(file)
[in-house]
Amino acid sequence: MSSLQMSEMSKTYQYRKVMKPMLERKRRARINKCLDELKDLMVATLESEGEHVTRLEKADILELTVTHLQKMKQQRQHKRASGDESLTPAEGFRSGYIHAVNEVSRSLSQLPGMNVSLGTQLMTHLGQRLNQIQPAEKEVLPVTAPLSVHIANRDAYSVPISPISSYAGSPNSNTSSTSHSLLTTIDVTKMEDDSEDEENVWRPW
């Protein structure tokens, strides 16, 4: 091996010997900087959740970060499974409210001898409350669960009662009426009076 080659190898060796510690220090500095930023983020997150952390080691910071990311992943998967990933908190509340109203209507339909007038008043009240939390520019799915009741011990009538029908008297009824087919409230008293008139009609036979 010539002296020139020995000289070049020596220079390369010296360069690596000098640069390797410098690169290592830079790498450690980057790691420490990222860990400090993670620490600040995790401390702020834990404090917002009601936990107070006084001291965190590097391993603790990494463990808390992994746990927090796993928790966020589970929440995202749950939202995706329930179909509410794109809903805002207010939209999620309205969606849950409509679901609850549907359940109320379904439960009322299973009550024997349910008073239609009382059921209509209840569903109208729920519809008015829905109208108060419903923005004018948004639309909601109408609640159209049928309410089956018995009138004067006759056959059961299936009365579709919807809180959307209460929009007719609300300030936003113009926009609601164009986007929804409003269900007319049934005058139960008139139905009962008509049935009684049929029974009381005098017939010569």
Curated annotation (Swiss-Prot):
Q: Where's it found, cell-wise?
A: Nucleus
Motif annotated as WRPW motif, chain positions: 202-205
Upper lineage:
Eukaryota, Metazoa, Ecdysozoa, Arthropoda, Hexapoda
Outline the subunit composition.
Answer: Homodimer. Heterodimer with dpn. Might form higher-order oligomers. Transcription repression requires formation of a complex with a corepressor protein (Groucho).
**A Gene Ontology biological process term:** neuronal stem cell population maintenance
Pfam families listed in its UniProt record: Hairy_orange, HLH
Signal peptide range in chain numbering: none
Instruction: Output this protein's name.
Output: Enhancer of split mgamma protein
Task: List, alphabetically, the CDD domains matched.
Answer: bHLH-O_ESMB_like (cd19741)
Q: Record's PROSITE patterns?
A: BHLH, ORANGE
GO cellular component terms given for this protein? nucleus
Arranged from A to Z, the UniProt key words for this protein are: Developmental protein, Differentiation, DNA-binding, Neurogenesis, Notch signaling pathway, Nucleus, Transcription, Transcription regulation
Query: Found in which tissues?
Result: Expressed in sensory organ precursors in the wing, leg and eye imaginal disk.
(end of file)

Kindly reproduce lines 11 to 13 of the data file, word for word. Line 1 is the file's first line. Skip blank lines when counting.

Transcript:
Answer: Homodimer. Heterodimer with dpn. Might form higher-order oligomers. Transcription repression requires formation of a complex with a corepressor protein (Groucho).
**A Gene Ontology biological process term:** neuronal stem cell population maintenance
Pfam families listed in its UniProt record: Hairy_orange, HLH